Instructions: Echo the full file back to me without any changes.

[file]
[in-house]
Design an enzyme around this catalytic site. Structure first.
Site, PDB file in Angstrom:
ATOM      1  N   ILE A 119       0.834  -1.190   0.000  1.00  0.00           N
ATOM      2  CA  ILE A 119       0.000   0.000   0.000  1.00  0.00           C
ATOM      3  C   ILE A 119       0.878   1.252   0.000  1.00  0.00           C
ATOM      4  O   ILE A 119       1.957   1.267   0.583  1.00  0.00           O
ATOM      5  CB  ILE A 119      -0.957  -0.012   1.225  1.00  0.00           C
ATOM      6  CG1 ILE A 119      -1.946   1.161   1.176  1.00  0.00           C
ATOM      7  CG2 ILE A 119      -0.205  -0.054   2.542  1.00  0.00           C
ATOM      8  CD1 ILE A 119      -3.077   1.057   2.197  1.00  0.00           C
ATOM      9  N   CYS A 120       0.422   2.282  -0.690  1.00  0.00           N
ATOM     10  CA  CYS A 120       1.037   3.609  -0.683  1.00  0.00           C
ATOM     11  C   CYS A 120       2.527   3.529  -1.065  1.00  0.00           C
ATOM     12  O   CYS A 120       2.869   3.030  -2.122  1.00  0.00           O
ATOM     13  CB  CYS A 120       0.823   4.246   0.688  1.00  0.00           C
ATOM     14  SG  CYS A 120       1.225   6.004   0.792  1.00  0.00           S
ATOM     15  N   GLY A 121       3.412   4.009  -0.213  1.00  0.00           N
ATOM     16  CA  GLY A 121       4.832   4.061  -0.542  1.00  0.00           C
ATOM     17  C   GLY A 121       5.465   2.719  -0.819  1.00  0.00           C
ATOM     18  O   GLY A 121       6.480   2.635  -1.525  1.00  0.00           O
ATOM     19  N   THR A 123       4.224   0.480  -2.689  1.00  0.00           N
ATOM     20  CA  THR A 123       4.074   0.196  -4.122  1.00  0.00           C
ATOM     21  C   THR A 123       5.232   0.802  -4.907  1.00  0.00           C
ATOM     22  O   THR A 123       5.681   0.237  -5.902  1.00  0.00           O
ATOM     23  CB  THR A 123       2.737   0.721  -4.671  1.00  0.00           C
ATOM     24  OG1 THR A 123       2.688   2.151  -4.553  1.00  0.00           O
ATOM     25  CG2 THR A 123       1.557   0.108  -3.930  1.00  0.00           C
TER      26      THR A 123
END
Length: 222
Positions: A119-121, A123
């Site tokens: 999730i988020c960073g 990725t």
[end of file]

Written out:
[in-house]
Design an enzyme around this catalytic site. Structure first.
Site, PDB file in Angstrom:
ATOM      1  N   ILE A 119       0.834  -1.190   0.000  1.00  0.00           N
ATOM      2  CA  ILE A 119       0.000   0.000   0.000  1.00  0.00           C
ATOM      3  C   ILE A 119       0.878   1.252   0.000  1.00  0.00           C
ATOM      4  O   ILE A 119       1.957   1.267   0.583  1.00  0.00           O
ATOM      5  CB  ILE A 119      -0.957  -0.012   1.225  1.00  0.00           C
ATOM      6  CG1 ILE A 119      -1.946   1.161   1.176  1.00  0.00           C
ATOM      7  CG2 ILE A 119      -0.205  -0.054   2.542  1.00  0.00           C
ATOM      8  CD1 ILE A 119      -3.077   1.057   2.197  1.00  0.00           C
ATOM      9  N   CYS A 120       0.422   2.282  -0.690  1.00  0.00           N
ATOM     10  CA  CYS A 120       1.037   3.609  -0.683  1.00  0.00           C
ATOM     11  C   CYS A 120       2.527   3.529  -1.065  1.00  0.00           C
ATOM     12  O   CYS A 120       2.869   3.030  -2.122  1.00  0.00           O
ATOM     13  CB  CYS A 120       0.823   4.246   0.688  1.00  0.00           C
ATOM     14  SG  CYS A 120       1.225   6.004   0.792  1.00  0.00           S
ATOM     15  N   GLY A 121       3.412   4.009  -0.213  1.00  0.00           N
ATOM     16  CA  GLY A 121       4.832   4.061  -0.542  1.00  0.00           C
ATOM     17  C   GLY A 121       5.465   2.719  -0.819  1.00  0.00           C
ATOM     18  O   GLY A 121       6.480   2.635  -1.525  1.00  0.00           O
ATOM     19  N   THR A 123       4.224   0.480  -2.689  1.00  0.00           N
ATOM     20  CA  THR A 123       4.074   0.196  -4.122  1.00  0.00           C
ATOM     21  C   THR A 123       5.232   0.802  -4.907  1.00  0.00           C
ATOM     22  O   THR A 123       5.681   0.237  -5.902  1.00  0.00           O
ATOM     23  CB  THR A 123       2.737   0.721  -4.671  1.00  0.00           C
ATOM     24  OG1 THR A 123       2.688   2.151  -4.553  1.00  0.00           O
ATOM     25  CG2 THR A 123       1.557   0.108  -3.930  1.00  0.00           C
TER      26      THR A 123
END
Length: 222
Positions: A119-121, A123
């Site tokens: 999730i988020c960073g 990725t």